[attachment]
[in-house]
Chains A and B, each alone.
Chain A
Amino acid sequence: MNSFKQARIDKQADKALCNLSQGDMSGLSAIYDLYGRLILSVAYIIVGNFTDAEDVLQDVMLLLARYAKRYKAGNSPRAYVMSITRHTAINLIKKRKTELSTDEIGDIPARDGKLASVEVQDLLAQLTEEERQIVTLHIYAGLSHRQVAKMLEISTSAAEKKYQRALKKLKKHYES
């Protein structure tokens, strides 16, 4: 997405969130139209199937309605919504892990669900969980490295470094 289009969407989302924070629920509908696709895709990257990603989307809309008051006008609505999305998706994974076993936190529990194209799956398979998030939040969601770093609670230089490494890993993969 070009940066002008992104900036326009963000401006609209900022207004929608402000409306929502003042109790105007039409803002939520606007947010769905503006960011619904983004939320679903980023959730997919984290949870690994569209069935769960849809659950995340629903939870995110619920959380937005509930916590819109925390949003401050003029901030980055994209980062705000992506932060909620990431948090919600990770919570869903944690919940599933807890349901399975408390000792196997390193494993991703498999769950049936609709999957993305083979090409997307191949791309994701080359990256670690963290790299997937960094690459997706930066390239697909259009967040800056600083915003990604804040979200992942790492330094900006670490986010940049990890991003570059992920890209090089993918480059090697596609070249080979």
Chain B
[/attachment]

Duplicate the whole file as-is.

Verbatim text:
[in-house]
Chains A and B, each alone.
Chain A
Amino acid sequence: MNSFKQARIDKQADKALCNLSQGDMSGLSAIYDLYGRLILSVAYIIVGNFTDAEDVLQDVMLLLARYAKRYKAGNSPRAYVMSITRHTAINLIKKRKTELSTDEIGDIPARDGKLASVEVQDLLAQLTEEERQIVTLHIYAGLSHRQVAKMLEISTSAAEKKYQRALKKLKKHYES
């Protein structure tokens, strides 16, 4: 997405969130139209199937309605919504892990669900969980490295470094 289009969407989302924070629920509908696709895709990257990603989307809309008051006008609505999305998706994974076993936190529990194209799956398979998030939040969601770093609670230089490494890993993969 070009940066002008992104900036326009963000401006609209900022207004929608402000409306929502003042109790105007039409803002939520606007947010769905503006960011619904983004939320679903980023959730997919984290949870690994569209069935769960849809659950995340629903939870995110619920959380937005509930916590819109925390949003401050003029901030980055994209980062705000992506932060909620990431948090919600990770919570869903944690919940599933807890349901399975408390000792196997390193494993991703498999769950049936609709999957993305083979090409997307191949791309994701080359990256670690963290790299997937960094690459997706930066390239697909259009967040800056600083915003990604804040979200992942790492330094900006670490986010940049990890991003570059992920890209090089993918480059090697596609070249080979």
Chain B